After a short journey back up the St Ives branch, my train came to a stand in the bay platform at St Erth.
No through journey to Penzance this time – this train, like most of the St Ives branch trains, finishes here. To get back to Penzance, I needed to wait for a main line service. This suited me just fine, as it gave me about 20 minutes to get some pictures of the station.
Continue reading “The End at St Erth”
The penultimate station on my Cornish trip was the penultimate station on the St Ives Bay Line, namely Carbis Bay, a pleasant little station tucked away on a cliff side.
Some trains skip Carbis Bay, so I had to be careful to catch the right train from St Ives. My precise timetabling was not a problem, as the trains were punctual all day. In fact, reliability was generally excellent throughout my stay. The only severe delay had been when leaving Liskeard towards Truro on my second day, and even this had been caused by circumstances outside the railway’s control. It’s hard to believe that this is the same First Great Western which regularly attracts the ire of Slough commuters.
Continue reading “Wall to Wall Carbis”
As I already mentioned, the weather was not particularly brilliant. Cool, overcast conditions gave way to rain as I departed Lelant Saltings. However, as we trundled along the branch line, I caught sight of some of St Ives’ famous beaches, which even grey skies could not spoil. Soon enough we were gently braking to a halt at St Ives station.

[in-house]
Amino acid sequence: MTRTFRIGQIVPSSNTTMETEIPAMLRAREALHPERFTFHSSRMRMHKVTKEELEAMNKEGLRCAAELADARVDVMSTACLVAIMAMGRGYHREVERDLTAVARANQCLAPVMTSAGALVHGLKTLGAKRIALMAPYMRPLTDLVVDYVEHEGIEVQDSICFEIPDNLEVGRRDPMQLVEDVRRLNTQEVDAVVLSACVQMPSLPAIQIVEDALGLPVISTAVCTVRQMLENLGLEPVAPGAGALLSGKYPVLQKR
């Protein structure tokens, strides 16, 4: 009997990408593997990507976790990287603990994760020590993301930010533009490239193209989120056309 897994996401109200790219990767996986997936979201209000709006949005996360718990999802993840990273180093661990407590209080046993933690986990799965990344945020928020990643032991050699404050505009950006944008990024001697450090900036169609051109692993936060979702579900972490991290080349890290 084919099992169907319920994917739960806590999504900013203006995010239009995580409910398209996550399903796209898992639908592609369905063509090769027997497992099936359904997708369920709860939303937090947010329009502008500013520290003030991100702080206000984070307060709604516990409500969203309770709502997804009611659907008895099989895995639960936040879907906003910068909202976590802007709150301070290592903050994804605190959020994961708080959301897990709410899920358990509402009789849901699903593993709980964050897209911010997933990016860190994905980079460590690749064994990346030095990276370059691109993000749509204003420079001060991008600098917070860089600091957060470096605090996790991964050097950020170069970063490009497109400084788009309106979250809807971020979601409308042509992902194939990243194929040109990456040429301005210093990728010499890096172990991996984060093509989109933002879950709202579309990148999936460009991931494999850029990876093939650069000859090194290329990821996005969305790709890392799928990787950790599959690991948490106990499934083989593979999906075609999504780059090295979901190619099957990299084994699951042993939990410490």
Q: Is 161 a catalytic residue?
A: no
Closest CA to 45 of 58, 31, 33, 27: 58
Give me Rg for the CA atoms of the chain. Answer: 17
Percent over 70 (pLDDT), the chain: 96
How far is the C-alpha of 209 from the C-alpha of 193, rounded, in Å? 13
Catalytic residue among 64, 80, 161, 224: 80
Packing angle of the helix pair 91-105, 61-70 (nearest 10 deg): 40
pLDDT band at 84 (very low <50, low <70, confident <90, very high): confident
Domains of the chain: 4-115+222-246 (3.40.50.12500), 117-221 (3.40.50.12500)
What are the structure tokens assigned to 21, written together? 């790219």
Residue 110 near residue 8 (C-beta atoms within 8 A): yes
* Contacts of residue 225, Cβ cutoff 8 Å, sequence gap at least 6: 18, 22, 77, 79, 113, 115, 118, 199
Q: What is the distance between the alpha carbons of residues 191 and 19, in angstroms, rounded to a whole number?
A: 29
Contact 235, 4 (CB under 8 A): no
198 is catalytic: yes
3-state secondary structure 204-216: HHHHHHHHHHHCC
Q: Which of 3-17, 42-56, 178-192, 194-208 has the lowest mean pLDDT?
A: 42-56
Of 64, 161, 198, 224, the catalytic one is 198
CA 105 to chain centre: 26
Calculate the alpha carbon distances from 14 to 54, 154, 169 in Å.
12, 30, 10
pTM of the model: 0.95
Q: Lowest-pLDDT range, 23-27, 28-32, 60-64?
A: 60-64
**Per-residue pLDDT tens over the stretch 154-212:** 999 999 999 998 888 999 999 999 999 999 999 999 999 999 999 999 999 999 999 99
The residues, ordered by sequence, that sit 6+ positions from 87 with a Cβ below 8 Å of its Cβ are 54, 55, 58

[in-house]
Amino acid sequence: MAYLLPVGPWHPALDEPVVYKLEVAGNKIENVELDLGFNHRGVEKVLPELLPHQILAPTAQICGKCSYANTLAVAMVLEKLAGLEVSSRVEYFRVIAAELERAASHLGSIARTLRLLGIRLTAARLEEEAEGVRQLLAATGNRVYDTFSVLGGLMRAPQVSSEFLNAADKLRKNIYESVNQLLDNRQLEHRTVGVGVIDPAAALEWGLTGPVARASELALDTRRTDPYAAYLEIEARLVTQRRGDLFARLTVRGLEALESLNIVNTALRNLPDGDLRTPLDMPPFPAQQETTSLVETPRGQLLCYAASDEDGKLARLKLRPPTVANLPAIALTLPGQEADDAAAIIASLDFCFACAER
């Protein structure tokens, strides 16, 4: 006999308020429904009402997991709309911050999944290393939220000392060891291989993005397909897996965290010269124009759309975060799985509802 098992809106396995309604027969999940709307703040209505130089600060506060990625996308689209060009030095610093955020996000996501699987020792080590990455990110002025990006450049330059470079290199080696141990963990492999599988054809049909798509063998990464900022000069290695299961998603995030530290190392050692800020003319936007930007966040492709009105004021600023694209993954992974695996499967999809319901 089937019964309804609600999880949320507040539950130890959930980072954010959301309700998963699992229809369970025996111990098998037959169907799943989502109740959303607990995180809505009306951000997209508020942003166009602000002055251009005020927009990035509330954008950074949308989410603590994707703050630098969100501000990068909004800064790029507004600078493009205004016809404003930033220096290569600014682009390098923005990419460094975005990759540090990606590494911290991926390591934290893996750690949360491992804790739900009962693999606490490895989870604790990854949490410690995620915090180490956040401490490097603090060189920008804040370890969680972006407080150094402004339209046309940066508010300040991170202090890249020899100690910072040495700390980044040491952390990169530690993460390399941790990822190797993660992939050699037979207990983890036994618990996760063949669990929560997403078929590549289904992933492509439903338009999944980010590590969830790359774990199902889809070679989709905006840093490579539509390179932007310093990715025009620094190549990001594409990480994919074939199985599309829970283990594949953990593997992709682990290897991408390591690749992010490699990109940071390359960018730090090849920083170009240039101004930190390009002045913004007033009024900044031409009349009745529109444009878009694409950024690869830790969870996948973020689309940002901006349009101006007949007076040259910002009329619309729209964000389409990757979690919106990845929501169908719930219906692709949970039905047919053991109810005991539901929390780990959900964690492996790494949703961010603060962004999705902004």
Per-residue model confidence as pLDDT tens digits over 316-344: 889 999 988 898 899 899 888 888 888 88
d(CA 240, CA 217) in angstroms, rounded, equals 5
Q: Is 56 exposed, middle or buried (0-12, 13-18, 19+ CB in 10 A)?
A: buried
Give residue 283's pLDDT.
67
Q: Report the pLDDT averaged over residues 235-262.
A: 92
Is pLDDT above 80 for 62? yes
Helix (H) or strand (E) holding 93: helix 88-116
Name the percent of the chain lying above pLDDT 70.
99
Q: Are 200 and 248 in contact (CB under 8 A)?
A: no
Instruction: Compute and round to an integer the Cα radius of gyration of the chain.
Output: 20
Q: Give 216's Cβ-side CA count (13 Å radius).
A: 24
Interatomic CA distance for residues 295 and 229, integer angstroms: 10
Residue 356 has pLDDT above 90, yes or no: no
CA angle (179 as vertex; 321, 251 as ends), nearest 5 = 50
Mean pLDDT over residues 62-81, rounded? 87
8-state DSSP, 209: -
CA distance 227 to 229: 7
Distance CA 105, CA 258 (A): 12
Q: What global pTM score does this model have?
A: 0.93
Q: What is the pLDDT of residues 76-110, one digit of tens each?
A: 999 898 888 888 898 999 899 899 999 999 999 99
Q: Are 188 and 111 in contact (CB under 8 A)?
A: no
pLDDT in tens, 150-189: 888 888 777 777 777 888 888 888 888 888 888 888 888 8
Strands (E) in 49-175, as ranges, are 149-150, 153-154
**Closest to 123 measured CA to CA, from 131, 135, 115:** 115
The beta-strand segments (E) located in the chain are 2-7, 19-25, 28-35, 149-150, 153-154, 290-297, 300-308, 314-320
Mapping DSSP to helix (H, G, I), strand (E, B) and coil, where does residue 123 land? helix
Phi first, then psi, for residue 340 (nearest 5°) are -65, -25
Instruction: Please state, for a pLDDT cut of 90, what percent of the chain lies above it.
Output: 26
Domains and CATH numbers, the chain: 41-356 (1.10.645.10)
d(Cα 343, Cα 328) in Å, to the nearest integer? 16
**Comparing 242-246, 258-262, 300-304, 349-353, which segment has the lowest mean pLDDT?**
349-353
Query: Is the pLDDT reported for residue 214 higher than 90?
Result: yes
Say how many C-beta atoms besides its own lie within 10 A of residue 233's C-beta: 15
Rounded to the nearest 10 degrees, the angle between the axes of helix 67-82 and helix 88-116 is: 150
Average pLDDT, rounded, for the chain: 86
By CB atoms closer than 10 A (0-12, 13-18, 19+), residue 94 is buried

As an aside, if you buy a ticket to here, it will say ST IVES CORNWALL on it, to avoid confusion with St Ives in Cambridgeshire… which closed in 1970. Hmm.
St Ives, like most branch termini these days, is a basic but adequate station. There’s a single platform, a waiting shelter, and a basic vending machine which sells tickets for stations on the branch only. Bizarrely, it appeared to be a modified car park pay & display machine. Again, this is not the original station. A larger structure once existed closer to the town centre but, like Looe, the line was cut back slightly and the site of the original station is now – you guessed it – a car park.
Continue reading “St Ives and Kicking”